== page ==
23 August, 2021

Stories my father told me

Perhaps I’m getting old. After all, this will almost certainly be the last thing I write as an under-50. But one of the many unexpected consequences of the ongoing pandemic is it’s finally made me grateful for my father’s stories of hardship and deprivation growing up in the 1940s.

Like the times he would be upset about one of his pet rabbits running away, but at least there was a decent stew for dinner that night. Or the time my grandmother was almost arrested for having a tiny hole in the sheet of iron they covered the window with during blackout. And the guilt he later felt for constantly asking her when Uncle Bill would be coming home and not understanding that the answer was, Never.

Knowing what I know now about trauma, I feel terrible for internally rolling my eyes and thinking ‘Here he goes again,’ when the topics came up.

So what’s this got to do with a pandemic eighty years later?
Perspective. That’s what.

Hearing these stories from an early age, sometimes to the point of cliché, might possibly be the reason I have very little sympathy with anti-lockdown sentiment.

It’s not a stretch to take some of the bad-faith arguments against lockdowns and apply them to wartime efforts.

“The government is telling us what we can eat, what we can spend our money on, how much fuel we can use, what we can write in letters and even when we can have the lights on. They tell us this is to defend our freedom but they’ve already taken all our freedom away. This is already a dictatorship. The question is how long we’re prepared to stand for being treated like this by our own representatives before we just learn to live with a foreign occupation.”

The answer of course was, As long as it takes. And no-one in their right mind would suggest it wasn’t the right thing to do.

Then there are those who don’t deny the risk of letting the virus spread but ask whether life is even worth living without being able to go to the footy, have pint of craft IPA after work, or go out for a smashed avocado brunch. That would be the same smashed avo which in the pre-pandemic times, some claimed was the reason young people can’t afford a house. Turns out it was actually an essential service and a pillar of the economy.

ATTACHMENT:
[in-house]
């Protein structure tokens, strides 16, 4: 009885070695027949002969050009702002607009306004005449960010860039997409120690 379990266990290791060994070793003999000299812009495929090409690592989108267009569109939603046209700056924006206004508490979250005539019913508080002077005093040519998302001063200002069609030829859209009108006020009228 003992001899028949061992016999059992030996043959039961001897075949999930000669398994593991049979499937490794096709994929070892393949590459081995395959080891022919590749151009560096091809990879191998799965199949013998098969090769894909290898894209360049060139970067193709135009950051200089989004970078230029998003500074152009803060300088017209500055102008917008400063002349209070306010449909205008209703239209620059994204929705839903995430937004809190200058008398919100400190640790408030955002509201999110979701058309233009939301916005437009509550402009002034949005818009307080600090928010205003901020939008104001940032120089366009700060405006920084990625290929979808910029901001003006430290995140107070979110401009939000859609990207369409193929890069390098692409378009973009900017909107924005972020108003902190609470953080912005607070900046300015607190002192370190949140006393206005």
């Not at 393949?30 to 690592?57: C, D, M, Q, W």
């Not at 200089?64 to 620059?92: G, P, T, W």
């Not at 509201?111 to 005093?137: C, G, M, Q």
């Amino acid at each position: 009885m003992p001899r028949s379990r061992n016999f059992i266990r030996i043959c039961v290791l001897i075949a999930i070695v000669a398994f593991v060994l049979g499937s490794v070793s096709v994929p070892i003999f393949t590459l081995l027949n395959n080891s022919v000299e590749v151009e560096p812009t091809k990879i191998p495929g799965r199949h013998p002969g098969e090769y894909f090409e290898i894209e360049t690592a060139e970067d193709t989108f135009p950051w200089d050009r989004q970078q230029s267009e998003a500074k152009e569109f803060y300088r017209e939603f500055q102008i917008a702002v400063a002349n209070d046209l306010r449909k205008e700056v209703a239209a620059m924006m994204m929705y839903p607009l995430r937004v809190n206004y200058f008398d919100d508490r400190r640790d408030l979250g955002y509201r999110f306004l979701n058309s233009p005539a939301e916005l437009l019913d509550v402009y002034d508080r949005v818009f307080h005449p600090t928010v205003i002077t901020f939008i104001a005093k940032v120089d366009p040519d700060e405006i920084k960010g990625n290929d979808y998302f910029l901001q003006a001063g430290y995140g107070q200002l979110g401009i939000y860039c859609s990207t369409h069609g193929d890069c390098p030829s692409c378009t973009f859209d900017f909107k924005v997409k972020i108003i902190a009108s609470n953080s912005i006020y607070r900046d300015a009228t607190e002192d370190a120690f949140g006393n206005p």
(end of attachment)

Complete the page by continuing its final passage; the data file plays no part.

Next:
The question of a life worth living is one I would be interested to ask the great uncle I’m named after. It’s not for me to say, but in the scheme of things I suspect he wouldn’t mind spending a few months or even a few years stuck at home without being able to go to the gym or the mall. We’ll never know because he was killed in New Guinea at the age of 23.

He shouldn’t have been there. As a conscript, he couldn’t be sent overseas but he volunteered on the promise of having better opportunies when he came home. He bet his life on a better future and lost. Even then, he should have been on leave at the time but had traded with a mate. A life worth living?

None of this is to minimise the very real trauma people are experiencing over lockdown. My wife is from the US. She hasn’t seen her parents in nearly four years and there’s no chance of that changing any time soon. If she goes to visit them, there’s a serious possibility she won’t be allowed back into Australia. Even so, she is considering it because they are not getting any younger. It’s a terrible choice to have to make.

Any interruption to life as you know it, or expect it to be, is traumatic. Even the ones which used to be tagged #FirstWorldProblems. No-one will come out of COVID unscathed and knowing that you’re not living through a war is of no real comfort.

What can be of comfort is practicing gratitude. Today, I’m grateful for the Afghan refugees I work with, and for the stories Dad would bore me with so often. Both offer some perspective.